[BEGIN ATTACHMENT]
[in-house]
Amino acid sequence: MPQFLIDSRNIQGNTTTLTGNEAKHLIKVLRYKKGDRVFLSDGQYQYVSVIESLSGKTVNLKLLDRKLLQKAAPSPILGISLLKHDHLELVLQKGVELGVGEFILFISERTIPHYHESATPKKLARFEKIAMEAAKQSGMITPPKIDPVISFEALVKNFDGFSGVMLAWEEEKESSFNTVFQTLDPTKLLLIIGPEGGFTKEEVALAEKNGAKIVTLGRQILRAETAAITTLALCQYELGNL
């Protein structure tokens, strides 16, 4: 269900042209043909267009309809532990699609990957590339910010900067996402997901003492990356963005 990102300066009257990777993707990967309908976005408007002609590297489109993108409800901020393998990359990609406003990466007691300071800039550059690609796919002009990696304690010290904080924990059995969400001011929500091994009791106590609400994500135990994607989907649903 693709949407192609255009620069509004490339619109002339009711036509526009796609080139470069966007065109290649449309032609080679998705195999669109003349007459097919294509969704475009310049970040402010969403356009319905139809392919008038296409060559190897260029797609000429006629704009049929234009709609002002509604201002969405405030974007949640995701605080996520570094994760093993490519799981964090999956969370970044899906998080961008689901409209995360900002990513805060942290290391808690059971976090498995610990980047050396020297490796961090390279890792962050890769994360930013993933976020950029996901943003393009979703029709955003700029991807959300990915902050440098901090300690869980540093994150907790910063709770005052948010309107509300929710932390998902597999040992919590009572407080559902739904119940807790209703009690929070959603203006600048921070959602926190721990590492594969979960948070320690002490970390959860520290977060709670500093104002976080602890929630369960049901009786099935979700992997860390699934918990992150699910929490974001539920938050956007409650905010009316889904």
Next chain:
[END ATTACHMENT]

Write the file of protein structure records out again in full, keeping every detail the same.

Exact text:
[in-house]
Amino acid sequence: MPQFLIDSRNIQGNTTTLTGNEAKHLIKVLRYKKGDRVFLSDGQYQYVSVIESLSGKTVNLKLLDRKLLQKAAPSPILGISLLKHDHLELVLQKGVELGVGEFILFISERTIPHYHESATPKKLARFEKIAMEAAKQSGMITPPKIDPVISFEALVKNFDGFSGVMLAWEEEKESSFNTVFQTLDPTKLLLIIGPEGGFTKEEVALAEKNGAKIVTLGRQILRAETAAITTLALCQYELGNL
């Protein structure tokens, strides 16, 4: 269900042209043909267009309809532990699609990957590339910010900067996402997901003492990356963005 990102300066009257990777993707990967309908976005408007002609590297489109993108409800901020393998990359990609406003990466007691300071800039550059690609796919002009990696304690010290904080924990059995969400001011929500091994009791106590609400994500135990994607989907649903 693709949407192609255009620069509004490339619109002339009711036509526009796609080139470069966007065109290649449309032609080679998705195999669109003349007459097919294509969704475009310049970040402010969403356009319905139809392919008038296409060559190897260029797609000429006629704009049929234009709609002002509604201002969405405030974007949640995701605080996520570094994760093993490519799981964090999956969370970044899906998080961008689901409209995360900002990513805060942290290391808690059971976090498995610990980047050396020297490796961090390279890792962050890769994360930013993933976020950029996901943003393009979703029709955003700029991807959300990915902050440098901090300690869980540093994150907790910063709770005052948010309107509300929710932390998902597999040992919590009572407080559902739904119940807790209703009690929070959603203006600048921070959602926190721990590492594969979960948070320690002490970390959860520290977060709670500093104002976080602890929630369960049901009786099935979700992997860390699934918990992150699910929490974001539920938050956007409650905010009316889904």
Next chain: